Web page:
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New Computer Algorithm Developed at Stanford Finds an Average 329 Side Effects For Most Drugs–Some Algorithm- Found Side E

Posted Mar 16 2012 12:37am

This is pretty interesting as when you see 329 you must assume we have quite a few rare side effected included.  The software was developed at Stanford and uses information from the FDA and Canadian data bases.  Most drug labels list image around 69 and could you imagine if all of 300 plus were added.  This is another good place to add some bar codes when the information gets lengthy.

In view of the report though it is still wise for doctors to use their clinical common sense knowledge to determine if any of the new side effects are significant.  The next level is to develop an algorithm that can come through medical records to gather information for patterns as such that may be hidden.  BD 

On average, the program found 329 side effects for every drug, when most drug labels list an average of 69 effects. The new program, developed at Stanford University, combs through millions of doctor and patient reports to the U.S. Food and Drug Administration, Canada's MedEffect and similar databases.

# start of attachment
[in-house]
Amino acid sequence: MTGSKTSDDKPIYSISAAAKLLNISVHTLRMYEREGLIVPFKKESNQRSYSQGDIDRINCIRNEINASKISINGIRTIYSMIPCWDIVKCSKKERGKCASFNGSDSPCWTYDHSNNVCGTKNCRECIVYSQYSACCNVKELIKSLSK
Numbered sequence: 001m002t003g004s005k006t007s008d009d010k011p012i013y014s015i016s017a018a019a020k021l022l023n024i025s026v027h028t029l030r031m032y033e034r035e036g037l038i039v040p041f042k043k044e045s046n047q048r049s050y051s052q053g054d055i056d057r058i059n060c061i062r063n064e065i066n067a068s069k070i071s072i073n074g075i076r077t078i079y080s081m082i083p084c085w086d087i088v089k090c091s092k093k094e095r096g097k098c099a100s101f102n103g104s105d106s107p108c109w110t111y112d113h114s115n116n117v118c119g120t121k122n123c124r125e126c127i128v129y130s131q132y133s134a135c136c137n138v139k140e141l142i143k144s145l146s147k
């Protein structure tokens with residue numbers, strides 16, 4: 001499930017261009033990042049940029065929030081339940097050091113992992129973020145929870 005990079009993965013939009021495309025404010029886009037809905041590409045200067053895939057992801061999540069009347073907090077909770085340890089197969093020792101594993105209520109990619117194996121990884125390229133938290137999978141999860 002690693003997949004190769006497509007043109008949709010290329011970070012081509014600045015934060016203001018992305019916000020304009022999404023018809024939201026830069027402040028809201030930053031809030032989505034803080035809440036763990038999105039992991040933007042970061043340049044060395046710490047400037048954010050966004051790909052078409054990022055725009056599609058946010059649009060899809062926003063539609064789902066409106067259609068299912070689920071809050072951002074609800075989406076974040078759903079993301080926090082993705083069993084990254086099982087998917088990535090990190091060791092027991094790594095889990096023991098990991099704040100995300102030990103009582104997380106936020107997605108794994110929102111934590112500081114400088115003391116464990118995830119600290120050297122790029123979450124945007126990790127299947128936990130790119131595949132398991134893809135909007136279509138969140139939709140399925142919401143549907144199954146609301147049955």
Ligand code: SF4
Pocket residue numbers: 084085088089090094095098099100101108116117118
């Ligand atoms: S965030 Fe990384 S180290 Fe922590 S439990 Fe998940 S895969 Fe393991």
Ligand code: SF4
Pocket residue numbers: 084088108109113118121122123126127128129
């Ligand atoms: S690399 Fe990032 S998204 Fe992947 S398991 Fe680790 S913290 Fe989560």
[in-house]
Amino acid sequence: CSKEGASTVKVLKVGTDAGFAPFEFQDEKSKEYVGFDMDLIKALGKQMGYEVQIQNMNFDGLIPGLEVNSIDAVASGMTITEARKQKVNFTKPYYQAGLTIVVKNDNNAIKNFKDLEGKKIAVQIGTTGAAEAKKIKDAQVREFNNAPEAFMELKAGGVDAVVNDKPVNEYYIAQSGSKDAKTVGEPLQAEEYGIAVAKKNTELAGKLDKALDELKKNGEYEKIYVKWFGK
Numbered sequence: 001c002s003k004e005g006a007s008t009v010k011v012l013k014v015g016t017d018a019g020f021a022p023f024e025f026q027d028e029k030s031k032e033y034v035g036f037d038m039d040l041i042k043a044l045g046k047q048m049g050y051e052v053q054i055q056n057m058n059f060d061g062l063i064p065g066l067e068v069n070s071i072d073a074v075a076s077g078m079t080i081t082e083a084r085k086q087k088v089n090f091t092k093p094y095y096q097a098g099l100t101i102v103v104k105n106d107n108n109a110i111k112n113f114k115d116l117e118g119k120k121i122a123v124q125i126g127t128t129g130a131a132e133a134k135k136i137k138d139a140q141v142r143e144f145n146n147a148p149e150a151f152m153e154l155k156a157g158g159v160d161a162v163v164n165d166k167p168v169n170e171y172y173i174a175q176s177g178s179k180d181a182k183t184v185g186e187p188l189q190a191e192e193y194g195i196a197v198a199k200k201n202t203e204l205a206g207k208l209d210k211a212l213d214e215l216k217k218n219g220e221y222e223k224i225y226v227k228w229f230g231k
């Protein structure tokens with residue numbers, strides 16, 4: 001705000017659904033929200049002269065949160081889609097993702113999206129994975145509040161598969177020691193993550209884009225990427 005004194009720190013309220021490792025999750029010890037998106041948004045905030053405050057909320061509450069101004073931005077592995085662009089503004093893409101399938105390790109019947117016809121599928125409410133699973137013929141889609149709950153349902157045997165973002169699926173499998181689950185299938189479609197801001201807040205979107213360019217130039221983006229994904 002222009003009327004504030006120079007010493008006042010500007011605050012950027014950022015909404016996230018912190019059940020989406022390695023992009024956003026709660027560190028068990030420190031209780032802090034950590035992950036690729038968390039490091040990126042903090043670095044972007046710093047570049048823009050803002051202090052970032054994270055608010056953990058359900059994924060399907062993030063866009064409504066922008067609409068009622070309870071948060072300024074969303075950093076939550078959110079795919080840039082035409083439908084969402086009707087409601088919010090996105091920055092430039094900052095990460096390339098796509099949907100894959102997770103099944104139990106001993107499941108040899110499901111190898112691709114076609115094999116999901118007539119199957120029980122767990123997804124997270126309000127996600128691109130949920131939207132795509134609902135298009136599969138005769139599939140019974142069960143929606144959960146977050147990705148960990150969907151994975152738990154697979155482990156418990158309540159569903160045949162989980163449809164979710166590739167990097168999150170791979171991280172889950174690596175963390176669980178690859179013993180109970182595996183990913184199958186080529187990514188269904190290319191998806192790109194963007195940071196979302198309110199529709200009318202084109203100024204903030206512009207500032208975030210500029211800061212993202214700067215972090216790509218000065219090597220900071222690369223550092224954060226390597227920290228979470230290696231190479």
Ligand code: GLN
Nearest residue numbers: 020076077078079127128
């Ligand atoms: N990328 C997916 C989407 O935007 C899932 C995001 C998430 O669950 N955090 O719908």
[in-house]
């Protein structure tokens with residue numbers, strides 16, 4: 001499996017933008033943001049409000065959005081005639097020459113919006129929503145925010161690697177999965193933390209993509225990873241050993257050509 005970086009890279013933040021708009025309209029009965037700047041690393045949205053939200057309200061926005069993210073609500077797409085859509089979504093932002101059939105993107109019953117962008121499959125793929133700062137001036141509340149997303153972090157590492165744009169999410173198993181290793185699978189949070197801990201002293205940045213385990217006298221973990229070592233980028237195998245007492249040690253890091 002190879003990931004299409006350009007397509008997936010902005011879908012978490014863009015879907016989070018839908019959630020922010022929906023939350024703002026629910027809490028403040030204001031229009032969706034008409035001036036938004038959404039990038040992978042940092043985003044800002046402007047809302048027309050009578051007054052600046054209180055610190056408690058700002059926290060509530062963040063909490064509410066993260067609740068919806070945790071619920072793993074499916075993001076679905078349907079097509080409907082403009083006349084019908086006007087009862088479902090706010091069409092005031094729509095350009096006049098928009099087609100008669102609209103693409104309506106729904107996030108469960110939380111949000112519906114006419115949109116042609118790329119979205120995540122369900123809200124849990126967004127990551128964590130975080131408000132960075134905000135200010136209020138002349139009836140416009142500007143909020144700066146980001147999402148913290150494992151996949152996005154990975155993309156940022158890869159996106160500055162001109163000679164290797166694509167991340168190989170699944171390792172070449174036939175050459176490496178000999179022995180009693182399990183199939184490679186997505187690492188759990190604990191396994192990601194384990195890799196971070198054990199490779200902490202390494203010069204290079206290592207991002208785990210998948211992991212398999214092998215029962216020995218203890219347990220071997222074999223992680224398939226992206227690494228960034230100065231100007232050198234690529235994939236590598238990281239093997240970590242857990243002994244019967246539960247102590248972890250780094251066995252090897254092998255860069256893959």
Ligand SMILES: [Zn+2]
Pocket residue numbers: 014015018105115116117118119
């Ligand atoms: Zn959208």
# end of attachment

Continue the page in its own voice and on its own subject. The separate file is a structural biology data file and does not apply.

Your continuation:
Though it seems obvious to check the FDA's report database for new side effects, it's been difficult to do because the people in the database are too different from one another to conduct proper scientific studies. Outside of lab, real life is messy. "It's hard to compare one patient with another because each patient is so unique in their medical history, in their personal health," Tantonetti told InnovationNewsDaily. Because people in the database aren't comparable with each other, it's difficult to find true, new side effects.

Theoretically, that means the matches the new algorithm makes aren't as close as those from other programs. When Tantonetti checked his program, however, he found his results were as accurate or better than others', because his program doesn't need to ignore as much data, he said.

In the past, the FDA has added algorithm-found side effects to drug labels, Tantonetti said, though usually there is other corroborating evidence as well.


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